"By targeting the most serious offenses, prosecuting the most dangerous criminals, directing assistance to crime 'hot spots,' and pursuing new ways to promote public safety, deterrence, efficiency, and fairness - we can become both smarter and tougher on crime."
- Attorney General Eric Holder
Remarks to American Bar Association's Annual Convention in San Francisco, CA
August 12, 2013
About the Smart on Crime Initiative
At the direction of the Attorney General in early 2013, the Justice Department launched a comprehensive review of the criminal justice system in order to identify reforms that would ensure federal laws are enforced more fairly and—in an era of reduced budgets—more efficiently. Five goals were identified as a part of this review:
- To ensure finite resources are devoted to the most important law enforcement priorities;
- To promote fairer enforcement of the laws and alleviate disparate impacts of the criminal justice system
- To ensure just punishments for low-level, nonviolent convictions
- To bolster prevention and reentry efforts to deter crime and reduce recidivism
- To strengthen protections for vulnerable populations
Read the full version of the Justice Department's report entitled, “Smart on Crime: Reforming the Criminal Justice System for the 21st Century.”
Memoranda to Heads of Department of Justice Components and U.S. Attorneys
Federal Prosecution Priorities, August 12, 2013
Department Policy on Charging Mandatory Minimum Sentences and Recidivist Enhancements in Certain Drug Cases, August 12, 2013
Consideration of Collateral Consequences in Rulemaking, August 12, 2013
Retroactive Application of Department Policy on Charging Mandatory Minimum Sentences and Recidivist Enhancements in Certain Drug Cases, August 29, 2013
The Attorney General's Smart on Crime Tour
The Attorney General has traveled across the country to showcase the success of reentry courts in helping former prisoners re-enter into their communities as productive citizens and diversion programs that offer alternatives to incarceration. These programs reflect the department's “Smart on Crime” approach, by helping curb re-victimization and prioritizing treatment and supervision for low-level, non-violent offenders.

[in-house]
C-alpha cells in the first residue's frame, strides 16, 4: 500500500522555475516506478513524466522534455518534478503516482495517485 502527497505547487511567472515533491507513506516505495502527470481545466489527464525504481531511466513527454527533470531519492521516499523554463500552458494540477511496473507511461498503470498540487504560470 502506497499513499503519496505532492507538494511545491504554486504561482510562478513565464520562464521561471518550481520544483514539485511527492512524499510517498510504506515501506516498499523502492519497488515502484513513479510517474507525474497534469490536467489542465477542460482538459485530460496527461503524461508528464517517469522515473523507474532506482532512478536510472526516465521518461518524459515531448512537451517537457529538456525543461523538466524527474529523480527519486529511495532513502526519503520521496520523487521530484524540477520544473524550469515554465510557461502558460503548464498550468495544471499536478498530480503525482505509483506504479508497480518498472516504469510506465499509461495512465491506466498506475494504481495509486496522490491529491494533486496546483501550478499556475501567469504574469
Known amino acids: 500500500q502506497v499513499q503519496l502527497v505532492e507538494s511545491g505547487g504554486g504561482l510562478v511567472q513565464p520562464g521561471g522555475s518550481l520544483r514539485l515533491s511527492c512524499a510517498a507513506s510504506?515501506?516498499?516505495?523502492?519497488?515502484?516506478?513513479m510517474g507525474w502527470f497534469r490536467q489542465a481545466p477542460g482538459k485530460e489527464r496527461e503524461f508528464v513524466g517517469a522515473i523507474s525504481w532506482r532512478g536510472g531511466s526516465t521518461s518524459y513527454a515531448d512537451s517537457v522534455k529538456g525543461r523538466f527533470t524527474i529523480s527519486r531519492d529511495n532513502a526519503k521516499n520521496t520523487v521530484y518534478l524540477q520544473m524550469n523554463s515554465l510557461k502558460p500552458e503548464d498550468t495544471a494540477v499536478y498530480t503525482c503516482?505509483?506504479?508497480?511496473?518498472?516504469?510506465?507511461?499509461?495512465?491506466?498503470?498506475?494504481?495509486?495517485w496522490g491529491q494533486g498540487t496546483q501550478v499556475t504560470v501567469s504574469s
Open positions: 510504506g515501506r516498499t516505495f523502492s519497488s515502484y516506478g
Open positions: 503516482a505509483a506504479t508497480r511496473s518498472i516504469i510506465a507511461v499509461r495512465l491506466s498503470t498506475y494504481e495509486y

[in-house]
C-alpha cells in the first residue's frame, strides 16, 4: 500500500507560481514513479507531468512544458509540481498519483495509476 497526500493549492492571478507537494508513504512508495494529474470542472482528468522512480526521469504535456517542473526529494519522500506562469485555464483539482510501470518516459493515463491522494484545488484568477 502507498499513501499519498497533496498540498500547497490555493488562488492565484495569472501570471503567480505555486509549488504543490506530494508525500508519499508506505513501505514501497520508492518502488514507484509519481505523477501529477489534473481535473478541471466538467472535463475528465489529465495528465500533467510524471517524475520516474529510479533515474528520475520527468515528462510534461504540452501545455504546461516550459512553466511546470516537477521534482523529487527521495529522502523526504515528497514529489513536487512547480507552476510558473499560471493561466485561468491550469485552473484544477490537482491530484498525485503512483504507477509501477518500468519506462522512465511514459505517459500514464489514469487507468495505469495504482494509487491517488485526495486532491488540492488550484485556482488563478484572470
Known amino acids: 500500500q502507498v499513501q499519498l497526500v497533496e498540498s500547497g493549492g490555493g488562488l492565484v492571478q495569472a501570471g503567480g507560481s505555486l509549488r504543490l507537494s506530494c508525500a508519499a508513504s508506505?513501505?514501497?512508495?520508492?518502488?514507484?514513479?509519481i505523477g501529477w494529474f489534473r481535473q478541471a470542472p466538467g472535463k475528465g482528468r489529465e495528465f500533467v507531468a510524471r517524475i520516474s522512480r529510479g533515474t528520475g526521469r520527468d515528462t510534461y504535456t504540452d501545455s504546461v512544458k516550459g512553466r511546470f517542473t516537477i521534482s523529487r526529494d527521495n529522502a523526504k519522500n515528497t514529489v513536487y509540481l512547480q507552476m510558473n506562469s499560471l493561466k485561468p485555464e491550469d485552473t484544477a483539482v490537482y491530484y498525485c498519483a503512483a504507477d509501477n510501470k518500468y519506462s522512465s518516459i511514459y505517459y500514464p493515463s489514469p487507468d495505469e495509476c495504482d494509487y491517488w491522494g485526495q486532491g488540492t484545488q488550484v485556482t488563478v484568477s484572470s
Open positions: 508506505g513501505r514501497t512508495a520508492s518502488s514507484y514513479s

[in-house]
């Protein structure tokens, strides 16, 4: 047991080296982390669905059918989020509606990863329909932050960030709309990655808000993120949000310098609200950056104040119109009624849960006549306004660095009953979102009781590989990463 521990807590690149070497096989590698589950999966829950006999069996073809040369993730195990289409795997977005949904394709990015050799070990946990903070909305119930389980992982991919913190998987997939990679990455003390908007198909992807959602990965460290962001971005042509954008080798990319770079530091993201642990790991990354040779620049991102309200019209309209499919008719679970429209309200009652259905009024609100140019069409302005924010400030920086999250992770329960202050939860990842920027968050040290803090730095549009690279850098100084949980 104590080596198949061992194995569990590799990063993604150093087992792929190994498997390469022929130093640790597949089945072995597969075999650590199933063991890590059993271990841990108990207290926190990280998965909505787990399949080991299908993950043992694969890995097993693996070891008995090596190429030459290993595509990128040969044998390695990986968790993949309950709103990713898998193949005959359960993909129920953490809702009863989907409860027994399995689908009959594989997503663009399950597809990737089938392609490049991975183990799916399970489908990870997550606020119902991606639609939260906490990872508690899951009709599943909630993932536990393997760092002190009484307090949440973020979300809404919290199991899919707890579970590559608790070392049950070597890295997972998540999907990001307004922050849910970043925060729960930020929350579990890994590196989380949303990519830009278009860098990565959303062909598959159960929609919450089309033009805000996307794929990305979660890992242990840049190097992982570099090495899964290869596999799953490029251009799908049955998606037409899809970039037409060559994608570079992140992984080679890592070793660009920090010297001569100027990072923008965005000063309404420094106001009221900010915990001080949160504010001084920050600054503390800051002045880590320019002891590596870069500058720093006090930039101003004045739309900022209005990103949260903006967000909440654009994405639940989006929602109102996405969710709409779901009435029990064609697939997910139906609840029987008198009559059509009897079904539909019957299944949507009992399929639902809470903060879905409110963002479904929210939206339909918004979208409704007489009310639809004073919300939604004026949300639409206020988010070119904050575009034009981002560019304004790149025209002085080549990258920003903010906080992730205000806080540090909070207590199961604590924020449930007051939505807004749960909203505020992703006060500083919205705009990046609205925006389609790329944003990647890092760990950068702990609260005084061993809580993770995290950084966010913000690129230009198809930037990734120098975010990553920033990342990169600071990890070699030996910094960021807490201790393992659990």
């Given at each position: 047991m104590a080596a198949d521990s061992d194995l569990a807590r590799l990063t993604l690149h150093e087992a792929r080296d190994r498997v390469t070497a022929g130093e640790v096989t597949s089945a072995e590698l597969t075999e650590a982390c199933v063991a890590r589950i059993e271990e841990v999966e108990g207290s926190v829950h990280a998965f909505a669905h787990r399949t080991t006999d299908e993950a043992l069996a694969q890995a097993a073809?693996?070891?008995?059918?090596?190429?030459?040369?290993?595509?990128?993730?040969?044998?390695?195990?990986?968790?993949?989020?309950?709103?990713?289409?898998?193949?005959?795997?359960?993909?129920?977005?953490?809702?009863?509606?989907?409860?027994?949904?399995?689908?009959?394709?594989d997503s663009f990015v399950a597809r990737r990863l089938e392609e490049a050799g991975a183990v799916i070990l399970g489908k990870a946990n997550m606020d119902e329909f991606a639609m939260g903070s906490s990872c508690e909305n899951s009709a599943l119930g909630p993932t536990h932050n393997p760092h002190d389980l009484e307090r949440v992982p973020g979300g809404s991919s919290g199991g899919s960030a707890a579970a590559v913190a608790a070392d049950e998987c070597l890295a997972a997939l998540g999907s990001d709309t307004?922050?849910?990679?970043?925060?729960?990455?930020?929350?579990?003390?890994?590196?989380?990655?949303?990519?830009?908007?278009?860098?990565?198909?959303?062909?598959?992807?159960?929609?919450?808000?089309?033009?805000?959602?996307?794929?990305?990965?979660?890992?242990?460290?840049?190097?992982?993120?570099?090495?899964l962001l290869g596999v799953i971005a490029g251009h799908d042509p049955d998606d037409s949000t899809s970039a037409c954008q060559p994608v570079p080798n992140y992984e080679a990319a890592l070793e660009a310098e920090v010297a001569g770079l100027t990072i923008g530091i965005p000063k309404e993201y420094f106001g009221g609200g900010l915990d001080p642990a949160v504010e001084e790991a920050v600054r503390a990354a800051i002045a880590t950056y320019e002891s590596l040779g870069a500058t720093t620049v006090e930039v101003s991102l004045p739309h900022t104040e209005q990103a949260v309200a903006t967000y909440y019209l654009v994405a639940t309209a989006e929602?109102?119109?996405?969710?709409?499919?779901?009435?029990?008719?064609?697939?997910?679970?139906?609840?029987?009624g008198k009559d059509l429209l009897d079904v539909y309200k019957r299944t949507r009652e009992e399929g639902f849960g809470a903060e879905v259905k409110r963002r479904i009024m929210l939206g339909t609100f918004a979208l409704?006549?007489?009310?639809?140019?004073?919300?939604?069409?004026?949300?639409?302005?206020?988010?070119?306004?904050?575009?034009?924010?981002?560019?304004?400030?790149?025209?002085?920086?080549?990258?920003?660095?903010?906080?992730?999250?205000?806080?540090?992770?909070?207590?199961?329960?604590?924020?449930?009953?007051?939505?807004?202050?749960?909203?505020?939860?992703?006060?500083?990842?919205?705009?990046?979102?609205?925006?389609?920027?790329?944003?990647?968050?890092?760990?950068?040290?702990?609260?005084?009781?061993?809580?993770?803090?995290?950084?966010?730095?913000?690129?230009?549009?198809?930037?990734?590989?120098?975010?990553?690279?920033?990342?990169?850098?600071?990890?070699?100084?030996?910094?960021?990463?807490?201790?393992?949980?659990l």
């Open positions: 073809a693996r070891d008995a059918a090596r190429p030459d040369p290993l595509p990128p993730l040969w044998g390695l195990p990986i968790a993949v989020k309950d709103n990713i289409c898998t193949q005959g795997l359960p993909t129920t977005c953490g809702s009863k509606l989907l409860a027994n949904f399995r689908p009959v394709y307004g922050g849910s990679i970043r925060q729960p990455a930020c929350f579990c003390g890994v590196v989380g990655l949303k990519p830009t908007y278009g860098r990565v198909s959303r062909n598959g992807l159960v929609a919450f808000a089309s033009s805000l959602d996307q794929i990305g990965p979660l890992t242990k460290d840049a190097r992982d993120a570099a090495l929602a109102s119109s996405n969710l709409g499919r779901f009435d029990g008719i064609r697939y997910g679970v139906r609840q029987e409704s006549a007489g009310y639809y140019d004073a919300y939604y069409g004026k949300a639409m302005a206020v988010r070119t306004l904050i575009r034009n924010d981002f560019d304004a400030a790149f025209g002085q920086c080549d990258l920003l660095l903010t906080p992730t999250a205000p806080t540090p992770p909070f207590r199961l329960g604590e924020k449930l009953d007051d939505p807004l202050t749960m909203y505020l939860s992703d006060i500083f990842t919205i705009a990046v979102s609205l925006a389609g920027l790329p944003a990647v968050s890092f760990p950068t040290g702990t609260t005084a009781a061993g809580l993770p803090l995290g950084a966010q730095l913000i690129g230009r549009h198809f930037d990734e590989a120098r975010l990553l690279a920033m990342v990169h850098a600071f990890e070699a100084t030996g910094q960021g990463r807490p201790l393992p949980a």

Charleston, S.C. - April 11, 2014
The BRIDGE Program in the District of South Carolina is a cooperative effort between the U.S. Attorney's Office, the U.S. Probation Office, the Federal Public Defender's Office, and the U.S. District Court for the District of South Carolina that provides rehabilitative services to individuals with substance abuse problems involved in the federal criminal justice system. The program seeks to provide offender rehabilitation through implementing a blend of treatment and alternatives to incarceration.
Roanoke, Va. - Jan. 23, 2014
The Veterans Treatment Court (VTC) in the Western District of Virginia is a collaborative effort of the U.S. Courts, U.S. Probation, the U.S. Attorney's Office, defense attorneys and the Salem, Va., Veterans Affairs Medical Center. The Court seeks to provide treatment services to veterans who commit federal misdemeanors through a program of pretrial diversion or probation that is intended to address the underlying causes of criminal conduct.
St. Louis, Mo. - Nov. 14, 2013
The Expanding Addicts' Recovery Network (EARN) program was established in the Eastern District of Missouri. The EARN program seeks to provide voluntary intensive recovery for individuals on probation or supervised release that suffer from drug abuse issues. The program offers treatment and rehabilitation service for offenders to successfully re-enter their communities.
Peoria, Ill. - Nov. 14, 2013
The Pretrial Alternatives to Detention Initiative (PADI) program was established in the Central District of Illinois. The program is anchored by the collaboration of the U.S. Courts with U.S. Probation, the U.S. Attorney's Office, substance abuse treatment providers, defense attorneys and the defendants. PADI is a voluntary program for selected candidates who are required to attend regular court sessions to report on their progress for up to two years. Alternative to detention programs, including PADI, provide low-level offenders motivated by addiction, the rehabilitative services they need to prevent future criminal involvement and lead healthy and productive lives as an alternative to incarceration.
Philadelphia, Pa. - Nov. 5, 2013
The Supervision to Aid Re-entry (STAR) program was authorized by the Board of U.S. District Court Judges in the Eastern District of Pennsylvania in 2007. The program now has two reentry courts. The STAR program offers federal inmates who have finished serving their sentences and are under supervised release the opportunity to participate in a yearlong program that includes job hunting, parenting classes and drug testing. If completed, their terms of supervised release can be reduced by up to one year.